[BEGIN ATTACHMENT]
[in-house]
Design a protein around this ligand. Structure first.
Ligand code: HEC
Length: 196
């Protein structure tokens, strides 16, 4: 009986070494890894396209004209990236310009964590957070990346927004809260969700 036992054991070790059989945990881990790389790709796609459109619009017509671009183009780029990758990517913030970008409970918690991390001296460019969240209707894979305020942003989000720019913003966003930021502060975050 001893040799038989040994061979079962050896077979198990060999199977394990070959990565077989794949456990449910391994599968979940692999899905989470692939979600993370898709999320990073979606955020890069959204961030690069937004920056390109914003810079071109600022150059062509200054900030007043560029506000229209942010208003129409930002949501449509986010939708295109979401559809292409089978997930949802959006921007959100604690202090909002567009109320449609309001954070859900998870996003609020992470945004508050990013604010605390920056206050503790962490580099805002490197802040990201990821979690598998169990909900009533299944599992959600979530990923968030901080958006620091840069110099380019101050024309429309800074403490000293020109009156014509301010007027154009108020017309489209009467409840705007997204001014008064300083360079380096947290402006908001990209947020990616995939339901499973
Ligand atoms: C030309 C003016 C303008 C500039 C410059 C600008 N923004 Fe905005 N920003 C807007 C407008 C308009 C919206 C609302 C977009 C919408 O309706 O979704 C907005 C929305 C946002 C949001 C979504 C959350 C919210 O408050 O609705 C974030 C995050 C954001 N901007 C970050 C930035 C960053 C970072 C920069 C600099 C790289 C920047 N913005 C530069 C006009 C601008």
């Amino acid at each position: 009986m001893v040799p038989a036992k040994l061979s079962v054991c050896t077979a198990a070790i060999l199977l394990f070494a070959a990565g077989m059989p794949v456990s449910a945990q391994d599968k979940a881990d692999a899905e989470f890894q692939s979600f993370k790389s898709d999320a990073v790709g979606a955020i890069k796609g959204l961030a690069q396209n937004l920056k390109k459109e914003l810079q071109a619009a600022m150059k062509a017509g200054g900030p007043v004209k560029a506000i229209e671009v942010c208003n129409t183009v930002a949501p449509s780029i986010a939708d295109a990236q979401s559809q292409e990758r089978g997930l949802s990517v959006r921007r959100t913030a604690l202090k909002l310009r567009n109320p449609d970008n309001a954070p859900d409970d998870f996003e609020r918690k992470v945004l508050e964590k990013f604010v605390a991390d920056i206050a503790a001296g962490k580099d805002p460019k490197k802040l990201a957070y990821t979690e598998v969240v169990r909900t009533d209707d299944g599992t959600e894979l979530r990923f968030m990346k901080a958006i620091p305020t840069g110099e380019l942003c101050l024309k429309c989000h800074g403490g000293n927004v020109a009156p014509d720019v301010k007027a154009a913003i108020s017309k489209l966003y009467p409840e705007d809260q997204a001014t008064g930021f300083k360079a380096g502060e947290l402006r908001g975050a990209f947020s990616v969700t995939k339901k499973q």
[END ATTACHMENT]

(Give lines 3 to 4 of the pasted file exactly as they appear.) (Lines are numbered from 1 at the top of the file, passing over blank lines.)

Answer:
Ligand code: HEC
Length: 196